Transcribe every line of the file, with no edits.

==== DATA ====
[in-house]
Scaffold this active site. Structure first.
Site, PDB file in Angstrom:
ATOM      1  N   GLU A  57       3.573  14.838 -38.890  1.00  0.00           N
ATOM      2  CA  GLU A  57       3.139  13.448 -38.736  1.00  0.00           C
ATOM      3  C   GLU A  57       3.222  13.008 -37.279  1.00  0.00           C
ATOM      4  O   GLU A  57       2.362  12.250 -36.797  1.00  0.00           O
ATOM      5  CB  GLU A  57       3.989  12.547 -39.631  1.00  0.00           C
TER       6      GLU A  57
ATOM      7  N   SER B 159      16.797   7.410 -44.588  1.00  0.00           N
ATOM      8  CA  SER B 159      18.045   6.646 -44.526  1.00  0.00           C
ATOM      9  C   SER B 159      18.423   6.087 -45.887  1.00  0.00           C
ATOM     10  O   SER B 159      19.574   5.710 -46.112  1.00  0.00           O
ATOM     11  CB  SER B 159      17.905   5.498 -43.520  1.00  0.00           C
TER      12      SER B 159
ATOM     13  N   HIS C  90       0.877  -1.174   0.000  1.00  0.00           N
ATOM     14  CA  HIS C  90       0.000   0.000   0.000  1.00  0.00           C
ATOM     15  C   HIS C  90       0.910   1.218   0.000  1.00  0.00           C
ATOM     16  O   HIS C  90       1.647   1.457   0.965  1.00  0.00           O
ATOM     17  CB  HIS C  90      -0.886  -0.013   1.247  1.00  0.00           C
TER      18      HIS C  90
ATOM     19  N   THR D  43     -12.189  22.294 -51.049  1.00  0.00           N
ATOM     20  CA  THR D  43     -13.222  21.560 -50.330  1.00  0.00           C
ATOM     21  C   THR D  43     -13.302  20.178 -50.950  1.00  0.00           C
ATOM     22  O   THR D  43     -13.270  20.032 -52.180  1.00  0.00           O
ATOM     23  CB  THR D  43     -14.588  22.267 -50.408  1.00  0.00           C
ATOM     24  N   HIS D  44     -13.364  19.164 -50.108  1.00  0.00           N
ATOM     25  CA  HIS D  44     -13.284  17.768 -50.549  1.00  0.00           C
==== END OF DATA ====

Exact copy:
[in-house]
Scaffold this active site. Structure first.
Site, PDB file in Angstrom:
ATOM      1  N   GLU A  57       3.573  14.838 -38.890  1.00  0.00           N
ATOM      2  CA  GLU A  57       3.139  13.448 -38.736  1.00  0.00           C
ATOM      3  C   GLU A  57       3.222  13.008 -37.279  1.00  0.00           C
ATOM      4  O   GLU A  57       2.362  12.250 -36.797  1.00  0.00           O
ATOM      5  CB  GLU A  57       3.989  12.547 -39.631  1.00  0.00           C
TER       6      GLU A  57
ATOM      7  N   SER B 159      16.797   7.410 -44.588  1.00  0.00           N
ATOM      8  CA  SER B 159      18.045   6.646 -44.526  1.00  0.00           C
ATOM      9  C   SER B 159      18.423   6.087 -45.887  1.00  0.00           C
ATOM     10  O   SER B 159      19.574   5.710 -46.112  1.00  0.00           O
ATOM     11  CB  SER B 159      17.905   5.498 -43.520  1.00  0.00           C
TER      12      SER B 159
ATOM     13  N   HIS C  90       0.877  -1.174   0.000  1.00  0.00           N
ATOM     14  CA  HIS C  90       0.000   0.000   0.000  1.00  0.00           C
ATOM     15  C   HIS C  90       0.910   1.218   0.000  1.00  0.00           C
ATOM     16  O   HIS C  90       1.647   1.457   0.965  1.00  0.00           O
ATOM     17  CB  HIS C  90      -0.886  -0.013   1.247  1.00  0.00           C
TER      18      HIS C  90
ATOM     19  N   THR D  43     -12.189  22.294 -51.049  1.00  0.00           N
ATOM     20  CA  THR D  43     -13.222  21.560 -50.330  1.00  0.00           C
ATOM     21  C   THR D  43     -13.302  20.178 -50.950  1.00  0.00           C
ATOM     22  O   THR D  43     -13.270  20.032 -52.180  1.00  0.00           O
ATOM     23  CB  THR D  43     -14.588  22.267 -50.408  1.00  0.00           C
ATOM     24  N   HIS D  44     -13.364  19.164 -50.108  1.00  0.00           N
ATOM     25  CA  HIS D  44     -13.284  17.768 -50.549  1.00  0.00           C